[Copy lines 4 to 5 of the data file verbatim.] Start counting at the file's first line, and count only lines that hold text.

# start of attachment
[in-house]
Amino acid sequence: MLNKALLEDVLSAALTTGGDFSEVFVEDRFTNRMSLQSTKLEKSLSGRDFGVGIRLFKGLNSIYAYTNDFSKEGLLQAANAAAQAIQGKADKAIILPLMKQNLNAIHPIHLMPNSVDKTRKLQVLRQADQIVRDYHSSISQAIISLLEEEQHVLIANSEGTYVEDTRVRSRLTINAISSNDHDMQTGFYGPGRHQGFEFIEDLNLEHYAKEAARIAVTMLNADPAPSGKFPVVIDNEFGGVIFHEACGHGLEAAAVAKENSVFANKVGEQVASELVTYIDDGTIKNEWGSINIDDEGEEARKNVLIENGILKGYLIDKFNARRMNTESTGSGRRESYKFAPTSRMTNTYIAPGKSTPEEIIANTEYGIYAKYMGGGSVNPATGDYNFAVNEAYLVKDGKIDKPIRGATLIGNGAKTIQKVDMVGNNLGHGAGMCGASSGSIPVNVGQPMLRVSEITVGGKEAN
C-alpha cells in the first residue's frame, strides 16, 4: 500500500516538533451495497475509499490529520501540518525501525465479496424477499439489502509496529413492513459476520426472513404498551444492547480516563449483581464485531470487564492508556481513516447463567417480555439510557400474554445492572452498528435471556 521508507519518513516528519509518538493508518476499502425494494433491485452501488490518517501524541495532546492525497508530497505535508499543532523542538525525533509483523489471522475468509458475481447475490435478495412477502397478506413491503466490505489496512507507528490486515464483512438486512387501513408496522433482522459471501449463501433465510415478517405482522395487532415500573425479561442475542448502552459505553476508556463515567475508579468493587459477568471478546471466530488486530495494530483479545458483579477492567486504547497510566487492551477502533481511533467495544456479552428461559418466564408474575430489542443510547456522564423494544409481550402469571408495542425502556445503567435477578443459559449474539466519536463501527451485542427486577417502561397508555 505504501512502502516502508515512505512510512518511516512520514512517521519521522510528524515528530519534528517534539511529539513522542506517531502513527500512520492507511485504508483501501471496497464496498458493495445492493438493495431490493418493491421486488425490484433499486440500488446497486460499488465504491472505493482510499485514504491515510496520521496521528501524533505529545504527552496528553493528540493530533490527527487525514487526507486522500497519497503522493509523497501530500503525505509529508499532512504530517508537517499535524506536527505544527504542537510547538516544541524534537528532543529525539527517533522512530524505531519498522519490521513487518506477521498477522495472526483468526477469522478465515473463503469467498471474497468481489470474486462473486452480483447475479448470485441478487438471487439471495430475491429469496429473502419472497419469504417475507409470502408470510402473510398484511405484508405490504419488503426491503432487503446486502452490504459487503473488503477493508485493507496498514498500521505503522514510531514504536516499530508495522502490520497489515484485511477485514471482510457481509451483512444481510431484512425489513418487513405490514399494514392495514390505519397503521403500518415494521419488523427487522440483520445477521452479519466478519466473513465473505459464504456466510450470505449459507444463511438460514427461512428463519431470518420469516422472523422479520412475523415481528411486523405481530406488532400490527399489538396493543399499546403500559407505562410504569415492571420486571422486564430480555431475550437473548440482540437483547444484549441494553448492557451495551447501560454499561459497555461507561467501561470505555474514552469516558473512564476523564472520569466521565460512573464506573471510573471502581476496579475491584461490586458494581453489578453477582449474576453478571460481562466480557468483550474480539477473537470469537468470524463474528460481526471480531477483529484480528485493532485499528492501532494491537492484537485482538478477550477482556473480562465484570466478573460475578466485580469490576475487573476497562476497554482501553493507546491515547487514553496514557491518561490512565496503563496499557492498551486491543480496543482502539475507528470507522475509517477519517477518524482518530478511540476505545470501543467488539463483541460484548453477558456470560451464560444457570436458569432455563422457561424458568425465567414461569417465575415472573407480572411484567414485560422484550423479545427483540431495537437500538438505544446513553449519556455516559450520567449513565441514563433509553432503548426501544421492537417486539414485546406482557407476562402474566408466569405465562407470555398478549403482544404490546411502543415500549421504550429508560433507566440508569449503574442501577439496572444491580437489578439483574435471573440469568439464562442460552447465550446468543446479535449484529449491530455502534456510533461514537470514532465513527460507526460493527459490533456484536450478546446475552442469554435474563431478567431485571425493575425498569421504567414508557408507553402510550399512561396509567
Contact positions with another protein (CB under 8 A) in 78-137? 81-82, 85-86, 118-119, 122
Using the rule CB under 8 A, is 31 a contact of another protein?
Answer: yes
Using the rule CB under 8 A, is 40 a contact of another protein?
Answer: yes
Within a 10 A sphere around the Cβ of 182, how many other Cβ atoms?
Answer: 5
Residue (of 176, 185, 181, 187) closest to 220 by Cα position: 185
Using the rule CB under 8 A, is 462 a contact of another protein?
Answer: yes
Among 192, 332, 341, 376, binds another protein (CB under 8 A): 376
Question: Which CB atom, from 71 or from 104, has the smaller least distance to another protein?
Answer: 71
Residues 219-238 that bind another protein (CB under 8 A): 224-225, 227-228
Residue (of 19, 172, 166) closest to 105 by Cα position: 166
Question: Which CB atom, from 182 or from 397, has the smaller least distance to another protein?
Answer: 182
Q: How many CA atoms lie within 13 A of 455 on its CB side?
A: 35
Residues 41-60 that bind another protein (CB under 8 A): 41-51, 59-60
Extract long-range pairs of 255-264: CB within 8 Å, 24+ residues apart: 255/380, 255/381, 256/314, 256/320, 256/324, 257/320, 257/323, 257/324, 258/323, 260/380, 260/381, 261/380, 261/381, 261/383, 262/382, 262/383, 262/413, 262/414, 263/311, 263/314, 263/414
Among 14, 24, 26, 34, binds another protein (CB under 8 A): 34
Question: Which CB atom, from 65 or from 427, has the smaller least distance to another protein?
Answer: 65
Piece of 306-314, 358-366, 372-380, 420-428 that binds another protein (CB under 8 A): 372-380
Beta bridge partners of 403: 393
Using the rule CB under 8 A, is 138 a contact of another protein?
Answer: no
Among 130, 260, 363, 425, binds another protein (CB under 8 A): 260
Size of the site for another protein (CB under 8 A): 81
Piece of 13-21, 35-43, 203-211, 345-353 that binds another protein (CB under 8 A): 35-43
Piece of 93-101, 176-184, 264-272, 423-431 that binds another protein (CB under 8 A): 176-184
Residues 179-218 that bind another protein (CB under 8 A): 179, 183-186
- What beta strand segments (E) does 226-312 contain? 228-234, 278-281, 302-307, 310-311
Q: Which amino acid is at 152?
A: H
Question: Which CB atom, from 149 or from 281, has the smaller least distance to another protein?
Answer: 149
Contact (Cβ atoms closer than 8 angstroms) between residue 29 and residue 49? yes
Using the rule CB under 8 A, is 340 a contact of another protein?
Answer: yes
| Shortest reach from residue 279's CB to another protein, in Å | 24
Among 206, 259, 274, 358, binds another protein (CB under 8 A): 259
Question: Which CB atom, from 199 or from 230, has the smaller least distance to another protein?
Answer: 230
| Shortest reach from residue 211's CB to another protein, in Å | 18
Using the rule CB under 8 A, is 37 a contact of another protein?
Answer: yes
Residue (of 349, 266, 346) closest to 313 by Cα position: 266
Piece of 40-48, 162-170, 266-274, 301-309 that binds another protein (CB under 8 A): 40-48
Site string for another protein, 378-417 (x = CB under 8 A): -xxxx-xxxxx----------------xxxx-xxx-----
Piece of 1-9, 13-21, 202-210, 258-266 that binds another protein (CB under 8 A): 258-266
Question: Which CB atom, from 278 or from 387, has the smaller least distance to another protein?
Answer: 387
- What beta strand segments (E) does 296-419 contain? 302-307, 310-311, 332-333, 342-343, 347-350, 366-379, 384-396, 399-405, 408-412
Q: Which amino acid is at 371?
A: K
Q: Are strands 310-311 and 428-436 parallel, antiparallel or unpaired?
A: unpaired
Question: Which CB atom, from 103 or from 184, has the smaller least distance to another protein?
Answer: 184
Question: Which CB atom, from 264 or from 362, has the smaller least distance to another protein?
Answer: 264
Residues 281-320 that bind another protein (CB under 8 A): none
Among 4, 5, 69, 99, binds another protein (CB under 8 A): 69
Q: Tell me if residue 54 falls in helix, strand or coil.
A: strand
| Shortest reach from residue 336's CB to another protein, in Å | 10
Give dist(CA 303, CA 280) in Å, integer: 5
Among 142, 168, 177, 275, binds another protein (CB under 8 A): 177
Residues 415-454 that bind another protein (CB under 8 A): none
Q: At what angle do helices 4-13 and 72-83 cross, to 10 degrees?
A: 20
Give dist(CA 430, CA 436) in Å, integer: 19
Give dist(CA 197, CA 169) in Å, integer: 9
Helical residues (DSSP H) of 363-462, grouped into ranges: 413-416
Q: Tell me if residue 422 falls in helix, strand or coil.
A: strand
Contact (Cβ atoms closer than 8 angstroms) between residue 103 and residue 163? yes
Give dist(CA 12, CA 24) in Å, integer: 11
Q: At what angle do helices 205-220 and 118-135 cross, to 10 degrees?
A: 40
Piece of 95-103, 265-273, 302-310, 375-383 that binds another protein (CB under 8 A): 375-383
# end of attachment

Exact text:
Contact positions with another protein (CB under 8 A) in 78-137? 81-82, 85-86, 118-119, 122
Using the rule CB under 8 A, is 31 a contact of another protein?